Yes! Google Maps, especially street view, topographic maps, and historic maps and photos.

    For my US routes, I've been referring to www.historicaerials.com which combines topographic maps, aerial photos, and atlas type maps.

    There are some small towns, which I've seen while traveling throughout the Midwest and Northeast US that have some of the downtown type buildings he has on his route. They're not 20 stories tall but are 3 or four with a store down below and offices upstairs, usually a doctor, dentist, or an accountant. Sometimes, the buildings are shorter such as the ones you have in Australia, and they'll fit right in at the same time. The thing is there's usually only a small square with a few of these buildings then that's it. The town does peter out as you say into fewer and fewer buildings. In these towns, the center with the bigger stores and buildings is centered around the crossroads on the main drag.

    Here's a town I grew up in:

    https://goo.gl/maps/nRnKPMh5Yd3qBziU8

    The outskirts, starting from the west go from nothing to bigger fancier houses, some Victorian mansions, a few colonials from the 1700s, and eventually more that have smaller and smaller yards (gardens) then there's the center of town. The same as we continue east up the hill outside of the center and north off the center. The downtown has a grange hall, townhall, other stores, a firehouse located in what was once the trolley barn of the Haverhill and Amesbury tram line, then there's nothing but a few restaurants and gas stations. Today, the town is quite a bit more built up than it was when I lived there 50 years ago, but it's enough to get the gist. I recommend doing a street view on this to see the full effect.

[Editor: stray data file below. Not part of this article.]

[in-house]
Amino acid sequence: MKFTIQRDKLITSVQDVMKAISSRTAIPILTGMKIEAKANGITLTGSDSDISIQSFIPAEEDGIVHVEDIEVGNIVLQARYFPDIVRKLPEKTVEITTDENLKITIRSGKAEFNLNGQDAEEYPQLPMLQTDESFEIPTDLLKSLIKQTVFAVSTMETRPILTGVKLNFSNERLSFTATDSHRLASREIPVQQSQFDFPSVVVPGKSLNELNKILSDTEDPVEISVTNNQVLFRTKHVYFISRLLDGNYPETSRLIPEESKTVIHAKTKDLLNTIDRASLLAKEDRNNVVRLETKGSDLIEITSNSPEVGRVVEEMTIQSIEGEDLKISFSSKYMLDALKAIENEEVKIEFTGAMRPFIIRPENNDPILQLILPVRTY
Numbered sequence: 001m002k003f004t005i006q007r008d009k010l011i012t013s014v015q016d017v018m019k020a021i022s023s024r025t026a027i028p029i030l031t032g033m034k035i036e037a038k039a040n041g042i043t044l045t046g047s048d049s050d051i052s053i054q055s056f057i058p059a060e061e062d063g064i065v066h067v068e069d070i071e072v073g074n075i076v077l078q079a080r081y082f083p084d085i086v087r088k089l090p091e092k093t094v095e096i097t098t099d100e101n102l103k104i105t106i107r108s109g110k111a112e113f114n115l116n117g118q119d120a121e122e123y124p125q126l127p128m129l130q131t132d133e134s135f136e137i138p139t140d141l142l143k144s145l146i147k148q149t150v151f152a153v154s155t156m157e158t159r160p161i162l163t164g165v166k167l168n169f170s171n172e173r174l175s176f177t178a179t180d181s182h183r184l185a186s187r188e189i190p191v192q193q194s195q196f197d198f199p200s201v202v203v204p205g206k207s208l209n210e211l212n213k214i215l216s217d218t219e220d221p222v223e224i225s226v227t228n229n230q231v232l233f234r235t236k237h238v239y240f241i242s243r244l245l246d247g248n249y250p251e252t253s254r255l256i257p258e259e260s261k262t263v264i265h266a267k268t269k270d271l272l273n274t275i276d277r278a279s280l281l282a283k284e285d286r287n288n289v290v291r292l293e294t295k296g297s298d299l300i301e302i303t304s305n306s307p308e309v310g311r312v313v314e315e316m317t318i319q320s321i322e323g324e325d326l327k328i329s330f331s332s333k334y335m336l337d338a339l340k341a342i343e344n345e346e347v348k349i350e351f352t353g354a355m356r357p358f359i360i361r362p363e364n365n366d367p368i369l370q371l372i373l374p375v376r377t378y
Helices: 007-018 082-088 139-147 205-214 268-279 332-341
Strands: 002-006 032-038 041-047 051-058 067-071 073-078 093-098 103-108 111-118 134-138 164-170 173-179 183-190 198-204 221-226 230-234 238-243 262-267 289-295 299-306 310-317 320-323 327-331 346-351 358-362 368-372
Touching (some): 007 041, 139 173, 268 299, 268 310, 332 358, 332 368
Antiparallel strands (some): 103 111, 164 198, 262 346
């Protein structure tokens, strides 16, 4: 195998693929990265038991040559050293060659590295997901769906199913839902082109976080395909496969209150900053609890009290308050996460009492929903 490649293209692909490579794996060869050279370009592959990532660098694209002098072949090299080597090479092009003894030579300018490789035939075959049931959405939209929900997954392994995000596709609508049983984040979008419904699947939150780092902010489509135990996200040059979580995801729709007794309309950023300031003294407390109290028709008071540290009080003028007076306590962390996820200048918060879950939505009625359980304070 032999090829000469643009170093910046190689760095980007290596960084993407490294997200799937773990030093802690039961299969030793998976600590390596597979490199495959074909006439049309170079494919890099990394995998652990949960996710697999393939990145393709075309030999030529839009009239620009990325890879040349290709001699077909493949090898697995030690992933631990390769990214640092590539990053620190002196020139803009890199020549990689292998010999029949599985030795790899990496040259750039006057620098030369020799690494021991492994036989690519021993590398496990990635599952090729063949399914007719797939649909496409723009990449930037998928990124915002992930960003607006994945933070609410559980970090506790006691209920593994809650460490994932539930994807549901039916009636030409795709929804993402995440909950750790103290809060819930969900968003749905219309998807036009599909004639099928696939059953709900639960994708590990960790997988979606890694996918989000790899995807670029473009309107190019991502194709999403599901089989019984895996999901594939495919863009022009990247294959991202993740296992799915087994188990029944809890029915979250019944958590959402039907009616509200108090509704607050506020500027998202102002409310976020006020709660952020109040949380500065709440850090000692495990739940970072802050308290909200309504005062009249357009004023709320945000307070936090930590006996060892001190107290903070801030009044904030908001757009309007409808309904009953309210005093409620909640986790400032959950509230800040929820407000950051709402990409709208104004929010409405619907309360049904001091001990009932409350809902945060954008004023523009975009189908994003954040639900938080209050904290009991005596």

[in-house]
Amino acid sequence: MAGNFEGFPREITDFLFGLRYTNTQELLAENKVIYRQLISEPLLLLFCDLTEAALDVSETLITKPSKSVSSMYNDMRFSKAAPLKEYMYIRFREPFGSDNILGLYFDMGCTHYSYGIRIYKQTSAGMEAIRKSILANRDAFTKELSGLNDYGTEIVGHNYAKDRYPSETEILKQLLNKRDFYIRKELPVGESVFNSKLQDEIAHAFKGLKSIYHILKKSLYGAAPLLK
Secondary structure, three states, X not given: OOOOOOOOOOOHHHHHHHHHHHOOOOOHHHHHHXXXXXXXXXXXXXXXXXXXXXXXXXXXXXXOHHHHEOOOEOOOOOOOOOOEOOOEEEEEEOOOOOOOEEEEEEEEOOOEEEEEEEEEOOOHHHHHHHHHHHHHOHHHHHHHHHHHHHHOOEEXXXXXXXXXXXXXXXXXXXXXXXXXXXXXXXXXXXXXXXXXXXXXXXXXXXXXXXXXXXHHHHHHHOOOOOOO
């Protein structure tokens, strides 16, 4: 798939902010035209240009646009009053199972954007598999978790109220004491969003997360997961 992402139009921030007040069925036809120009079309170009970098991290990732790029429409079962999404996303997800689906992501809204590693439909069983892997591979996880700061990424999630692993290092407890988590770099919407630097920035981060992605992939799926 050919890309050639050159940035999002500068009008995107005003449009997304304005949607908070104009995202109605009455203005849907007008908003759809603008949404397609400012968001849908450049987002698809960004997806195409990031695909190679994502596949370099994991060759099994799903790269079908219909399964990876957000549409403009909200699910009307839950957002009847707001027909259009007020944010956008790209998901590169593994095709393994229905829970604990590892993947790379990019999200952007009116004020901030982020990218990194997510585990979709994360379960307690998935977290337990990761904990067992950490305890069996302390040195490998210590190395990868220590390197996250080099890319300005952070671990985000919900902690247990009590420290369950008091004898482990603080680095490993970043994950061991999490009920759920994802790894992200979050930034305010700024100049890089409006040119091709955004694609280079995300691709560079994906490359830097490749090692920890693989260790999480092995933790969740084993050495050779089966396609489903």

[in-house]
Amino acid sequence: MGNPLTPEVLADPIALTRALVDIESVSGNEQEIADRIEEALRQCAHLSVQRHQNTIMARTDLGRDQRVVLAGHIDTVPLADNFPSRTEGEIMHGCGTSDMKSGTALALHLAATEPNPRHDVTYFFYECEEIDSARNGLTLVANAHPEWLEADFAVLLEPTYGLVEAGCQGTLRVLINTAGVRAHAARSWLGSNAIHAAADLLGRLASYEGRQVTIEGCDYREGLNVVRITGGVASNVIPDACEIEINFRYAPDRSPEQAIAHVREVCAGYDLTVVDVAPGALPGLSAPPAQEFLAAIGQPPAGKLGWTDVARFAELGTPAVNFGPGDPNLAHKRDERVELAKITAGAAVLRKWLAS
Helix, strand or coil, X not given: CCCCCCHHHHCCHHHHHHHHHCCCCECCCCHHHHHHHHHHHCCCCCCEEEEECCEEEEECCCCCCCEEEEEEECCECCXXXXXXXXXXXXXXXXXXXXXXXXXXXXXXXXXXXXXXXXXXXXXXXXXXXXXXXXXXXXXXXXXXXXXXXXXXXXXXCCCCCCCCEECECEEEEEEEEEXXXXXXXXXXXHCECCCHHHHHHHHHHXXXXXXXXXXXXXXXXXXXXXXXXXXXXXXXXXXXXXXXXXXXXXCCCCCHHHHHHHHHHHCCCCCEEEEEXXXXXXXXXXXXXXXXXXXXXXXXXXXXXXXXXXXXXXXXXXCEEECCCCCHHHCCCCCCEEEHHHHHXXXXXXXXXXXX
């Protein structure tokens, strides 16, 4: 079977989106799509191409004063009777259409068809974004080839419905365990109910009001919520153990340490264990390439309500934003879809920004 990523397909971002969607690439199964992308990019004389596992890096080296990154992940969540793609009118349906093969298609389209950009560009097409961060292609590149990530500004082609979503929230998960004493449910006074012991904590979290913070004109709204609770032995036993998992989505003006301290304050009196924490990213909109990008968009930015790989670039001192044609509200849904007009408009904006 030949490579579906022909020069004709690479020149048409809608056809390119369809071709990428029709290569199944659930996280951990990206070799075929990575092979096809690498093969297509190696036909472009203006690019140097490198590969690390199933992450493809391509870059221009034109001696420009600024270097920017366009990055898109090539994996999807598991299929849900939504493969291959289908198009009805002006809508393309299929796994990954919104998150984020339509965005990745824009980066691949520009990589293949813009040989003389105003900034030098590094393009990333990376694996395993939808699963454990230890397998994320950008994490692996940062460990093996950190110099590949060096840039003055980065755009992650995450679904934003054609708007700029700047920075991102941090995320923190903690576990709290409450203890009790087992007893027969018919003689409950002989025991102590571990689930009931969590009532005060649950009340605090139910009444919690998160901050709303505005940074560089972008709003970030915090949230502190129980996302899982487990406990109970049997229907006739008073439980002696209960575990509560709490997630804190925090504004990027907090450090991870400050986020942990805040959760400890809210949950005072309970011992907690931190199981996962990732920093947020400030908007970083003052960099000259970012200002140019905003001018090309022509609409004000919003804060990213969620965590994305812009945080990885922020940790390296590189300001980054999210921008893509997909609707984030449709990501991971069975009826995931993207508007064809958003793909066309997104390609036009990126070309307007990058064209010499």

The other thing that's needed for a town is a purpose. If there's the railroad, then there needs to be some kind of industry. Merrimac, the town I lived in, had some textile mills like many New England towns in the region. This wasn't a big operation like Lawrence or Lowell, but a small complex located on Cobbler's Brook. There was once a stub-ended railroad branch that came in from Newton, New Hampshire. There as a small yard, not much, maybe a track or two to hold the freight cars for the mills. The station was a small wooden station, now long gone. Other towns had a feed mill, or some other small industry and a station located on a siding for the passengers and freight. There were many such operations in my area, sadly today long gone as companies switched to faster and more reliable trucks.
    John
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    Hi John,